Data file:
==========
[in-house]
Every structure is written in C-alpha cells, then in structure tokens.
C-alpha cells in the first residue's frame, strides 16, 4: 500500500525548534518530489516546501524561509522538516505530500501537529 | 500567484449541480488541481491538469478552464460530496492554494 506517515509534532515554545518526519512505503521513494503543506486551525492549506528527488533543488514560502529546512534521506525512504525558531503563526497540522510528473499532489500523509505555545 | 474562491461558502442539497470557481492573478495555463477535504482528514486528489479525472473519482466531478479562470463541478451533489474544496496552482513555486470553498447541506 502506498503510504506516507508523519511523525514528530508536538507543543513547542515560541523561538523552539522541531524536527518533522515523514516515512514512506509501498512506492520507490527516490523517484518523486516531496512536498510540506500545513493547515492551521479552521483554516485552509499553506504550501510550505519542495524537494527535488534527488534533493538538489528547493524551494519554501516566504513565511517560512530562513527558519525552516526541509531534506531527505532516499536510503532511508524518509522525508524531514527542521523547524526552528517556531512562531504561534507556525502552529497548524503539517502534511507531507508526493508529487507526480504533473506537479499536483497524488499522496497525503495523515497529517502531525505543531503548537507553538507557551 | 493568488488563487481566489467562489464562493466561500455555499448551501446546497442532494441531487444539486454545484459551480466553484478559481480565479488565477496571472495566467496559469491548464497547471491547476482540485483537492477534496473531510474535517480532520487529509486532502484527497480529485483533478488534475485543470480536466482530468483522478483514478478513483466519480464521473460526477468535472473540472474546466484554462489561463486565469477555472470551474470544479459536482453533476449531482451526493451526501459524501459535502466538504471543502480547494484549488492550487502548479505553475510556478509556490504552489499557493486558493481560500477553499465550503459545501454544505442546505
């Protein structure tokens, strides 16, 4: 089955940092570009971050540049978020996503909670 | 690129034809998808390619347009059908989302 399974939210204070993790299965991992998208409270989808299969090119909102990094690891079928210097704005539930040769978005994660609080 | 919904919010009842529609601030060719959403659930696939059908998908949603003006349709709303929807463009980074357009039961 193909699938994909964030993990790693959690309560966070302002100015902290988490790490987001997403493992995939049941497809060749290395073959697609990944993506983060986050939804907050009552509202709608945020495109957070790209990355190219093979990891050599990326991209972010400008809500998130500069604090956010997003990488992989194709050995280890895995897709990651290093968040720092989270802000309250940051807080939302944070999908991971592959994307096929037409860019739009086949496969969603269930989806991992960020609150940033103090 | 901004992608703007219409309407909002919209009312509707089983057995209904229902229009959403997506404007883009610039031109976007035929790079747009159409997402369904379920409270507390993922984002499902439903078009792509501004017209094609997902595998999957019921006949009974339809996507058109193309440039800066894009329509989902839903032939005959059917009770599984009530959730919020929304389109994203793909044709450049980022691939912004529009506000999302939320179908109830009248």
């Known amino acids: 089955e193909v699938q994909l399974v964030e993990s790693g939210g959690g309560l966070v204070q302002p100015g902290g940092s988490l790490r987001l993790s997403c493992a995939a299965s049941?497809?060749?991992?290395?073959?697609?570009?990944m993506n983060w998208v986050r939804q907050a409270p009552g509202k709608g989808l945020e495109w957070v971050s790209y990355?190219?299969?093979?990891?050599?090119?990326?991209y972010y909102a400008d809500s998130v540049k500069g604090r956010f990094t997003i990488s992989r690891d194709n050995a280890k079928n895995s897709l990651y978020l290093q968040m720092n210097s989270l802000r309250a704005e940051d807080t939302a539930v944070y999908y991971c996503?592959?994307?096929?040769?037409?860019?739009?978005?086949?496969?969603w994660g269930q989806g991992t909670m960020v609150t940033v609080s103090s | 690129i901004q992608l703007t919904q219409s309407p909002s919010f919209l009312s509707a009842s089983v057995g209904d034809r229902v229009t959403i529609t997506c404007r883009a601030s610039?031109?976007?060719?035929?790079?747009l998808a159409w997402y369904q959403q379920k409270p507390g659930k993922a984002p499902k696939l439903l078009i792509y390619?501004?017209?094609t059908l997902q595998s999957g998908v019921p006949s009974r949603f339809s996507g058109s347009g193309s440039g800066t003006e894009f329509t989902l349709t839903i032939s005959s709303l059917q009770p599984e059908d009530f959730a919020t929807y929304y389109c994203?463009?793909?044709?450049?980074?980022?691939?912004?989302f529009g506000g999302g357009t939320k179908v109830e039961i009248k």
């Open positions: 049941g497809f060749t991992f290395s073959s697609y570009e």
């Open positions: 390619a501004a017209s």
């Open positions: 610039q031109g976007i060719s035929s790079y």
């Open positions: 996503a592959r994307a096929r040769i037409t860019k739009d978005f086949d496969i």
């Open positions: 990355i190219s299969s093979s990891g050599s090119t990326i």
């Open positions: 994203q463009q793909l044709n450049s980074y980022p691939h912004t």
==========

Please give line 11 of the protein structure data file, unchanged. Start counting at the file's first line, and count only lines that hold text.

């Open positions: 994203q463009q793909l044709n450049s980074y980022p691939h912004t």